5 Must-Know B2B Sales Prospecting Stats for Small Businesses

 How many attempts does it take to break through to busy buyers?

What offers are most accepted?

Do cold meetings convert to new business?

This new benchmark report, Top Performance in Sales Prospecting, uncovered the answers to these critical prospecting questions. But for small business owners, you have another set of problems when it comes to B2B sales prospecting: limited time, attention spans, and resources.

This article will highlight 5 must-know stats for small businesses and how you can address these challenges.

#1. Problem Solving The Secret to Your Prospecting Success

62% of buyers want to hear from sellers when they are actively looking for a solution to solve a problem

There’s something to be said for a thorough, extensively understanding of your buyer’s world. When you’re taking the time to address the problems your prospects see and feel before offering your solution, there is little chance the activities you’re implementing to attract and convert them won’t resonate.

Insight into the problems prospects are having is key because very few people want what you sell. That’s not a blow to you or your business or your solutions. I’m sure all are remarkable. People want what they believe they will get, achieve, relieve, dodge, or acquire based on buying what you sell.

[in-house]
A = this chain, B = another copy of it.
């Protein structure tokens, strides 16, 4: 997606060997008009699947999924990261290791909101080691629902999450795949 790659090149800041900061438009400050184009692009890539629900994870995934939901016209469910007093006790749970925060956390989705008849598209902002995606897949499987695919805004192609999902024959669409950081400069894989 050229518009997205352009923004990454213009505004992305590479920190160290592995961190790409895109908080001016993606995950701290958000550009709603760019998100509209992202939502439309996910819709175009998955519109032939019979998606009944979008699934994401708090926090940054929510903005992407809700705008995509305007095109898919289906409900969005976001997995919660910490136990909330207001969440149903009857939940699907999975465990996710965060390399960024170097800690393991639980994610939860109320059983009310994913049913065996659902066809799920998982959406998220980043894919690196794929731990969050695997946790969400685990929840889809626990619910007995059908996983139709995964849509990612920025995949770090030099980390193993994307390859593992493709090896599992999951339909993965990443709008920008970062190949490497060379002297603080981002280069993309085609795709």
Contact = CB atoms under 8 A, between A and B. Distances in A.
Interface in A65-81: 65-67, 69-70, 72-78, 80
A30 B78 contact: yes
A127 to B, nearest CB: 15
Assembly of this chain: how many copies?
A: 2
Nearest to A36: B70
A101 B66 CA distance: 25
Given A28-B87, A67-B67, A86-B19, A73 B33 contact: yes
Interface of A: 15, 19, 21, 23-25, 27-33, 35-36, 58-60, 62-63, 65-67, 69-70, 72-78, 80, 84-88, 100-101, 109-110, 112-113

So, your job is to understand the problems prospects are trying to solve and match your solutions to those very specific problems.

The truth is people start the buying process on their own terms today via the internet, and people aren’t searching for your solutions, but they search every single day for ways to address problems they see and feel.

Small business owners that create their content, build their website and execute SEO practices around problem-solving will get in the pathway of their ideal client at a much earlier point – the point at which you can build the kind of trust needed to make your solution the obvious choice.

When prospects are looking to fix a specific problem, it’s important to tailor your message to specific problems they might have (do your research and you can find out).

#2. Meeting Acceptance and Connection

65% of buyers accept a meeting or otherwise connect when they find content on the best practice methodology based on the provider’s area of expertise